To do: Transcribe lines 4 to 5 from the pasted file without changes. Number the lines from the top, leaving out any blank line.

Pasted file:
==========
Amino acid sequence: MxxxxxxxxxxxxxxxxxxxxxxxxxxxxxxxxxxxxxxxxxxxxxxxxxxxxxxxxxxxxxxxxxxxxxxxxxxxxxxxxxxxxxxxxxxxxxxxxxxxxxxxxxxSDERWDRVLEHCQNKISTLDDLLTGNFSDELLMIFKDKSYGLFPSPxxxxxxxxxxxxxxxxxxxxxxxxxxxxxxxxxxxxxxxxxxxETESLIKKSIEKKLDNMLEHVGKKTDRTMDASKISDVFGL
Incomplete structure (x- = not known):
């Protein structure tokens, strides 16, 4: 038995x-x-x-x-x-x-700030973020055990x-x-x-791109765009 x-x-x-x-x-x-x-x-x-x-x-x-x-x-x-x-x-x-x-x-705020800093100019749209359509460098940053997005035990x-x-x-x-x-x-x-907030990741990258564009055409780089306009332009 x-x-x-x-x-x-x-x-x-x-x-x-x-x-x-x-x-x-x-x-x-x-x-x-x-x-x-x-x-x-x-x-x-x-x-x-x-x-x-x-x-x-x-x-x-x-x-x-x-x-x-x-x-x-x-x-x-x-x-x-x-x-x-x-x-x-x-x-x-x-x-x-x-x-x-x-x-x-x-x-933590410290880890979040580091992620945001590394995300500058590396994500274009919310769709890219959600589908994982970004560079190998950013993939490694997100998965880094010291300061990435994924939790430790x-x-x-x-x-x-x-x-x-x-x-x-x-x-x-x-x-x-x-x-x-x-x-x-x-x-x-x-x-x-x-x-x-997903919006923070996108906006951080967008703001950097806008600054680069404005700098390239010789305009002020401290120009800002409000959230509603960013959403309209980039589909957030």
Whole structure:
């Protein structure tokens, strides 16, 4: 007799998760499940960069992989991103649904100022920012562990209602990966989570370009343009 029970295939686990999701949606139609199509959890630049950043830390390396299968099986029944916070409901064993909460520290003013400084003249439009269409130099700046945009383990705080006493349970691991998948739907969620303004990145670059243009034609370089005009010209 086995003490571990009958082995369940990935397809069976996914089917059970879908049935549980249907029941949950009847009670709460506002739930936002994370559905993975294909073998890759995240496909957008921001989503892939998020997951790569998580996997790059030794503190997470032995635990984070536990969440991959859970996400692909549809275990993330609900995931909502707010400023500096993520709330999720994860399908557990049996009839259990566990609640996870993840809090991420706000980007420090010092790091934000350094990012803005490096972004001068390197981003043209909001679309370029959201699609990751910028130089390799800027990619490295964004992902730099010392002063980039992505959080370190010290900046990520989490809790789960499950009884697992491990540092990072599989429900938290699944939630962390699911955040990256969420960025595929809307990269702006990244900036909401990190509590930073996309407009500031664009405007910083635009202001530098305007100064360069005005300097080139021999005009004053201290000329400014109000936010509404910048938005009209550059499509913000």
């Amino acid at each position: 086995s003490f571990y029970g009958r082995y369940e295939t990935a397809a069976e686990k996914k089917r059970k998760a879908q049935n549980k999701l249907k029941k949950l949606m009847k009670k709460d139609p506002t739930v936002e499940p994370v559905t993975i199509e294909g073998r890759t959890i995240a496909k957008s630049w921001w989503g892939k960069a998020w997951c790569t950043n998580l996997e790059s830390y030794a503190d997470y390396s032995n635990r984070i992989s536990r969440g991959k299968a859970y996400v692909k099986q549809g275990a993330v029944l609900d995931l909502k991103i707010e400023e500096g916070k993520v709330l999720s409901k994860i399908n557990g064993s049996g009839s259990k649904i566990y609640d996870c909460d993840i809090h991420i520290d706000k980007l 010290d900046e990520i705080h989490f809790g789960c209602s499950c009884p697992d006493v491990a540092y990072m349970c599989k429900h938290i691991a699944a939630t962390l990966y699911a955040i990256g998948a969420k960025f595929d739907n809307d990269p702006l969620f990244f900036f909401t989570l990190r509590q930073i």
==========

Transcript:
Whole structure:
């Protein structure tokens, strides 16, 4: 007799998760499940960069992989991103649904100022920012562990209602990966989570370009343009 029970295939686990999701949606139609199509959890630049950043830390390396299968099986029944916070409901064993909460520290003013400084003249439009269409130099700046945009383990705080006493349970691991998948739907969620303004990145670059243009034609370089005009010209 086995003490571990009958082995369940990935397809069976996914089917059970879908049935549980249907029941949950009847009670709460506002739930936002994370559905993975294909073998890759995240496909957008921001989503892939998020997951790569998580996997790059030794503190997470032995635990984070536990969440991959859970996400692909549809275990993330609900995931909502707010400023500096993520709330999720994860399908557990049996009839259990566990609640996870993840809090991420706000980007420090010092790091934000350094990012803005490096972004001068390197981003043209909001679309370029959201699609990751910028130089390799800027990619490295964004992902730099010392002063980039992505959080370190010290900046990520989490809790789960499950009884697992491990540092990072599989429900938290699944939630962390699911955040990256969420960025595929809307990269702006990244900036909401990190509590930073996309407009500031664009405007910083635009202001530098305007100064360069005005300097080139021999005009004053201290000329400014109000936010509404910048938005009209550059499509913000």